The Reciprocal Modular Brain in Economics and Politics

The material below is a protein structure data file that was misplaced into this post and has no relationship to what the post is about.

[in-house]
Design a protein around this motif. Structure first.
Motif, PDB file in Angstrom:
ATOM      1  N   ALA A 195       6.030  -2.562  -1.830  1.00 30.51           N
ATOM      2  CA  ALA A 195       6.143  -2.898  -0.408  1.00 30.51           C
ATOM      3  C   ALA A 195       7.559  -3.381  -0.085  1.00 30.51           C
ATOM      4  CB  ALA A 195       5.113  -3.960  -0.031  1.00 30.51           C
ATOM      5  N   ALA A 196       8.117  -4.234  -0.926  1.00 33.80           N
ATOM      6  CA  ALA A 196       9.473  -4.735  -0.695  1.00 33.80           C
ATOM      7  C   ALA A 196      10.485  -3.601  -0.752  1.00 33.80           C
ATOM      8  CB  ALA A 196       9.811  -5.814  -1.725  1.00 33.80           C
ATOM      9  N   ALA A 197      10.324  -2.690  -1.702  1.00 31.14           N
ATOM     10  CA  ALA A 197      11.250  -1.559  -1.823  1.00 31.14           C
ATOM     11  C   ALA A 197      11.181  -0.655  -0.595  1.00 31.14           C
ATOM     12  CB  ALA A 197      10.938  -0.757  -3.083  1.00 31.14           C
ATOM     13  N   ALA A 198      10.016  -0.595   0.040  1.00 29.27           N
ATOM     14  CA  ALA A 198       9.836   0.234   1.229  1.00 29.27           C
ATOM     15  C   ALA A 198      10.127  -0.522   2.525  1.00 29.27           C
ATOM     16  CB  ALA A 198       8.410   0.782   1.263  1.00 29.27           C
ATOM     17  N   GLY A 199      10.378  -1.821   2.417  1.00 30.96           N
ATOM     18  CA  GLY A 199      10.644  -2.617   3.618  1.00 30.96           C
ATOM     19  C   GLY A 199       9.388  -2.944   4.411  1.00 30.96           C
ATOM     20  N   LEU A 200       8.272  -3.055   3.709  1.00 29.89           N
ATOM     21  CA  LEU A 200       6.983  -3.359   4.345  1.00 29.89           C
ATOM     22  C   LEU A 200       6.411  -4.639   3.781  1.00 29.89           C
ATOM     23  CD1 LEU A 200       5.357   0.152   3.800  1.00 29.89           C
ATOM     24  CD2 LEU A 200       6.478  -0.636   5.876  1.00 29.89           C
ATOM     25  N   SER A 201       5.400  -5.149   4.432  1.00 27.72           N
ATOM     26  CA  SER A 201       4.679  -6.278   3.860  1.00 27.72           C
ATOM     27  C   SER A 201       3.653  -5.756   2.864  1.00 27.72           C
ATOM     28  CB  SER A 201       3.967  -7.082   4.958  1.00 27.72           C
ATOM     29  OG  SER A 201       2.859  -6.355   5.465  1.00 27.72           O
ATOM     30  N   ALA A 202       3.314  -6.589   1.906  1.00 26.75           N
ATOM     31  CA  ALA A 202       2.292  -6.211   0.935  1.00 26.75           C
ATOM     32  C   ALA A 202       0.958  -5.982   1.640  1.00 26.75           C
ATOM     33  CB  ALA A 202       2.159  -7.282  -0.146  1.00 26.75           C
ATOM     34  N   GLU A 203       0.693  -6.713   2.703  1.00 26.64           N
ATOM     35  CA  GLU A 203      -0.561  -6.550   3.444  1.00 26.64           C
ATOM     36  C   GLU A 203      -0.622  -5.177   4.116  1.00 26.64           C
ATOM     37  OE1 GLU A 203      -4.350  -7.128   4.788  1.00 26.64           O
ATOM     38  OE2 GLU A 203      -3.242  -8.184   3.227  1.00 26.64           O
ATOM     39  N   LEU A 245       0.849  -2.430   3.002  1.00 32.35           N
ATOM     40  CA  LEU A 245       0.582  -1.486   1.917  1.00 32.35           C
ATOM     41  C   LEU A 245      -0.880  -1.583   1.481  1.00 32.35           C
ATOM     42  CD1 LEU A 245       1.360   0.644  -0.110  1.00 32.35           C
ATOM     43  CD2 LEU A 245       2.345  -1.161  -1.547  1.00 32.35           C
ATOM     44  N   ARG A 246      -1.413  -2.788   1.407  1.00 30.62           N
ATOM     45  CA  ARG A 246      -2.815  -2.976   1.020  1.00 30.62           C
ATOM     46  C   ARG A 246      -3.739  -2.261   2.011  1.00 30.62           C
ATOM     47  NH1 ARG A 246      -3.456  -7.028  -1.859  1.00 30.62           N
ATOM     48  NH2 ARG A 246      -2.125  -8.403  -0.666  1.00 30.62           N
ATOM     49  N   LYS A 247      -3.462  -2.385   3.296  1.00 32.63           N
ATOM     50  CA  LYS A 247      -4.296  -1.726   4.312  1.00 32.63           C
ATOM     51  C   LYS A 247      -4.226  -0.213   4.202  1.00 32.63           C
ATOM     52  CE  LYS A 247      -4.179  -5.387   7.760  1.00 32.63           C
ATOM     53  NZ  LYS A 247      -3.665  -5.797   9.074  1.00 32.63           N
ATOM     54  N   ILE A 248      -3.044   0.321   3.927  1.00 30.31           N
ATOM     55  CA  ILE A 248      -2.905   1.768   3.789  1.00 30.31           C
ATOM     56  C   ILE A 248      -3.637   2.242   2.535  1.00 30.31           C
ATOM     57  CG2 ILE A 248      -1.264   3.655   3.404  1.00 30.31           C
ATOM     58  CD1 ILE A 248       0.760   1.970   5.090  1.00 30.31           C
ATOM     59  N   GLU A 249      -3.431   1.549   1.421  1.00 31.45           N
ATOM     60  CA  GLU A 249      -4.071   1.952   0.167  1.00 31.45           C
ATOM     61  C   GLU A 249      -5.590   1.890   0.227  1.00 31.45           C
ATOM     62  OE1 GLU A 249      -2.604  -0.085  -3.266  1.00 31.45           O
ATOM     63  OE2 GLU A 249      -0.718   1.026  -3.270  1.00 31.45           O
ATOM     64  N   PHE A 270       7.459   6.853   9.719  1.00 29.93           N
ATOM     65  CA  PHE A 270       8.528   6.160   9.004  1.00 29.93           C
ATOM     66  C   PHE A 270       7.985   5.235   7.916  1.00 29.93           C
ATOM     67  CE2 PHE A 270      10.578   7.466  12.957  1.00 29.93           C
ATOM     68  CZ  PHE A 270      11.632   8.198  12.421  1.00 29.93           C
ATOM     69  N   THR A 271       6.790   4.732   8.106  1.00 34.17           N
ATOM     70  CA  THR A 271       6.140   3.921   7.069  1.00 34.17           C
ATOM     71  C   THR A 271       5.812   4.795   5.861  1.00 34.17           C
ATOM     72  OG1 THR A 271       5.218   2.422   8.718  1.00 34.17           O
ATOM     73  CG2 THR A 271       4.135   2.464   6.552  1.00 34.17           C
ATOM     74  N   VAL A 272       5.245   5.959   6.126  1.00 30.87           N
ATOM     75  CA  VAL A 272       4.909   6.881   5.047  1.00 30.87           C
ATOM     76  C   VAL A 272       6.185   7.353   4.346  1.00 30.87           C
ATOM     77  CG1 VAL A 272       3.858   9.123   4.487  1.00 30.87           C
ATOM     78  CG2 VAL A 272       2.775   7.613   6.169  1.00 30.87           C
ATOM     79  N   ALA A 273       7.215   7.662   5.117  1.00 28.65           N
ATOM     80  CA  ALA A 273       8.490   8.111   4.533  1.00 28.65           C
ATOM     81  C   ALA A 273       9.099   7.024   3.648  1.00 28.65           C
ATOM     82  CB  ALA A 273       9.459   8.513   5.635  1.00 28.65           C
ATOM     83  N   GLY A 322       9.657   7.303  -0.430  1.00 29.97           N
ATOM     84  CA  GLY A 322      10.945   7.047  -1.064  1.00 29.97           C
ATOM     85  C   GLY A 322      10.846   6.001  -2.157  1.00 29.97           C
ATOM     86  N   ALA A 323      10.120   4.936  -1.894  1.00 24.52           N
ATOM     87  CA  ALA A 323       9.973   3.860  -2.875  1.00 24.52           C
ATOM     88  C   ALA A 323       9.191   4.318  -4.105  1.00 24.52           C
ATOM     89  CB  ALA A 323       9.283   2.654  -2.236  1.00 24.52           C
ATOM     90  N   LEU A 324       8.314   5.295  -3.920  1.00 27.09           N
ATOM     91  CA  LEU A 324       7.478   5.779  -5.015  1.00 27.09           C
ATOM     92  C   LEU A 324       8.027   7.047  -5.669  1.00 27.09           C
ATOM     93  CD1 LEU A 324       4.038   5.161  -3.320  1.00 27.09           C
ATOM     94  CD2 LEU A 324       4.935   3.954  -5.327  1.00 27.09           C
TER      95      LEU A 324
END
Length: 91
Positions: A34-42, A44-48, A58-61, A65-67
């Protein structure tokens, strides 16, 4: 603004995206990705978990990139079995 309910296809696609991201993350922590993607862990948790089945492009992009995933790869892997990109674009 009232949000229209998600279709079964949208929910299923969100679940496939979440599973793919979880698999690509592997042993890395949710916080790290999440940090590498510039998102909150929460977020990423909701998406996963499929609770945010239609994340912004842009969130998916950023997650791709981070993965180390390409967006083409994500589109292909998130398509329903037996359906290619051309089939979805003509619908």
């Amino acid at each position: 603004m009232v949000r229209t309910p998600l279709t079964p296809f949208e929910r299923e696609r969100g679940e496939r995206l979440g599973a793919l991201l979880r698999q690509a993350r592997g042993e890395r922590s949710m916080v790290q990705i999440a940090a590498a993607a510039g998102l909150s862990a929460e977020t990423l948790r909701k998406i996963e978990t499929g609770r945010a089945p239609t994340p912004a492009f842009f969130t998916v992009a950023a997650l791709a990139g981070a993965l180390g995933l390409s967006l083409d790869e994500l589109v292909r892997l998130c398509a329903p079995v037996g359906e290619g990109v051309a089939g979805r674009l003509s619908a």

The present work is an extension of my doctoral thesis done at Stanford in the early 1970s. In one clear sense it responds to the call for consilience by Edward O. Wilson. I agree with Wilson that there is a pressing need in the sciences today for the unification of the social with the natural sciences. I consider the present work to proceed from the perspective of behavioral ecology, specifically a subfield which I choose to call interpersonal behavioral ecology th Ecology, as a general field, has emerged in the last quarter of the 20 century as a major theme of concern as we have become increasingly aware that we must preserve the planet whose limited resources we share with all other earthly creatures. Interpersonal behavioral ecology, however, focuses not on the physical environment, but upon our social environment. It concerns our interpersonal behavioral interactions at all levels, from simple dyadic one-to-one personal interactions to our larger, even global, social, economic, and political interactions. Interpersonal behavioral ecology, as I see it, then, is concerned with our behavior toward each other, from the most obvious behaviors of war between nations, to excessive competition, exploitation, crime, abuse, and even to the ways in which we interact with each other as individuals in the family, in our social lives, in the workplace, and in the marketplace.